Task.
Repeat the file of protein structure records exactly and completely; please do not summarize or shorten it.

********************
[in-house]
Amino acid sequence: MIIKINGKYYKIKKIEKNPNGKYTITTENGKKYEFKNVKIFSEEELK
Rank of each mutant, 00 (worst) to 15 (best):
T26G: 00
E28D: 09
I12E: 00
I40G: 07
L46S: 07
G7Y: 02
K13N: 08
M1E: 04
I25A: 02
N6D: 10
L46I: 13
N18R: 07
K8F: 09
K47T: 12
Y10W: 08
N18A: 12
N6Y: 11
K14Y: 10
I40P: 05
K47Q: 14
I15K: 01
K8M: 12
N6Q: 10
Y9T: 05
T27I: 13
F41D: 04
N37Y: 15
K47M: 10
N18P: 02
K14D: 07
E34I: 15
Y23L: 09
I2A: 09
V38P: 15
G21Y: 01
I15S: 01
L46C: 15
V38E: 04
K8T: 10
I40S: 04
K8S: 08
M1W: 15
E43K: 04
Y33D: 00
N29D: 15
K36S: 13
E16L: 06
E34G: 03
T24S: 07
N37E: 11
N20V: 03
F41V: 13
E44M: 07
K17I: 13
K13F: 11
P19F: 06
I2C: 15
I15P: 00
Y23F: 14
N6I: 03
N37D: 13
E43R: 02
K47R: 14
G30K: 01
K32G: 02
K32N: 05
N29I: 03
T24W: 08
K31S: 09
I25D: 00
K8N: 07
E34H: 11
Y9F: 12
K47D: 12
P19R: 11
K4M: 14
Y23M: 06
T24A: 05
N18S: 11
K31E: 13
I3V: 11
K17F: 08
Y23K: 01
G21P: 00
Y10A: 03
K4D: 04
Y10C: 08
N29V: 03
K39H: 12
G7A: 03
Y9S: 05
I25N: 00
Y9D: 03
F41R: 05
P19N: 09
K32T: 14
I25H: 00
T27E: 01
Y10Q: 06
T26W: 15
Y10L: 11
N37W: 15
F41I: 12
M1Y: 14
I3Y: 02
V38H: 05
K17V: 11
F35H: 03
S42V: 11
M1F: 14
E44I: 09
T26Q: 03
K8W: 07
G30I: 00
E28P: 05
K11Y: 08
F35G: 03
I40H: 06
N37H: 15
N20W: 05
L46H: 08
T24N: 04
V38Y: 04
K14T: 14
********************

[in-house]
Amino acid sequence: MIIKINGKYYKIKKIEKNPNGKYTITTENGKKYEFKNVKIFSEEELK
Rank of each mutant, 00 (worst) to 15 (best):
T26G: 00
E28D: 09
I12E: 00
I40G: 07
L46S: 07
G7Y: 02
K13N: 08
M1E: 04
I25A: 02
N6D: 10
L46I: 13
N18R: 07
K8F: 09
K47T: 12
Y10W: 08
N18A: 12
N6Y: 11
K14Y: 10
I40P: 05
K47Q: 14
I15K: 01
K8M: 12
N6Q: 10
Y9T: 05
T27I: 13
F41D: 04
N37Y: 15
K47M: 10
N18P: 02
K14D: 07
E34I: 15
Y23L: 09
I2A: 09
V38P: 15
G21Y: 01
I15S: 01
L46C: 15
V38E: 04
K8T: 10
I40S: 04
K8S: 08
M1W: 15
E43K: 04
Y33D: 00
N29D: 15
K36S: 13
E16L: 06
E34G: 03
T24S: 07
N37E: 11
N20V: 03
F41V: 13
E44M: 07
K17I: 13
K13F: 11
P19F: 06
I2C: 15
I15P: 00
Y23F: 14
N6I: 03
N37D: 13
E43R: 02
K47R: 14
G30K: 01
K32G: 02
K32N: 05
N29I: 03
T24W: 08
K31S: 09
I25D: 00
K8N: 07
E34H: 11
Y9F: 12
K47D: 12
P19R: 11
K4M: 14
Y23M: 06
T24A: 05
N18S: 11
K31E: 13
I3V: 11
K17F: 08
Y23K: 01
G21P: 00
Y10A: 03
K4D: 04
Y10C: 08
N29V: 03
K39H: 12
G7A: 03
Y9S: 05
I25N: 00
Y9D: 03
F41R: 05
P19N: 09
K32T: 14
I25H: 00
T27E: 01
Y10Q: 06
T26W: 15
Y10L: 11
N37W: 15
F41I: 12
M1Y: 14
I3Y: 02
V38H: 05
K17V: 11
F35H: 03
S42V: 11
M1F: 14
E44I: 09
T26Q: 03
K8W: 07
G30I: 00
E28P: 05
K11Y: 08
F35G: 03
I40H: 06
N37H: 15
N20W: 05
L46H: 08
T24N: 04
V38Y: 04
K14T: 14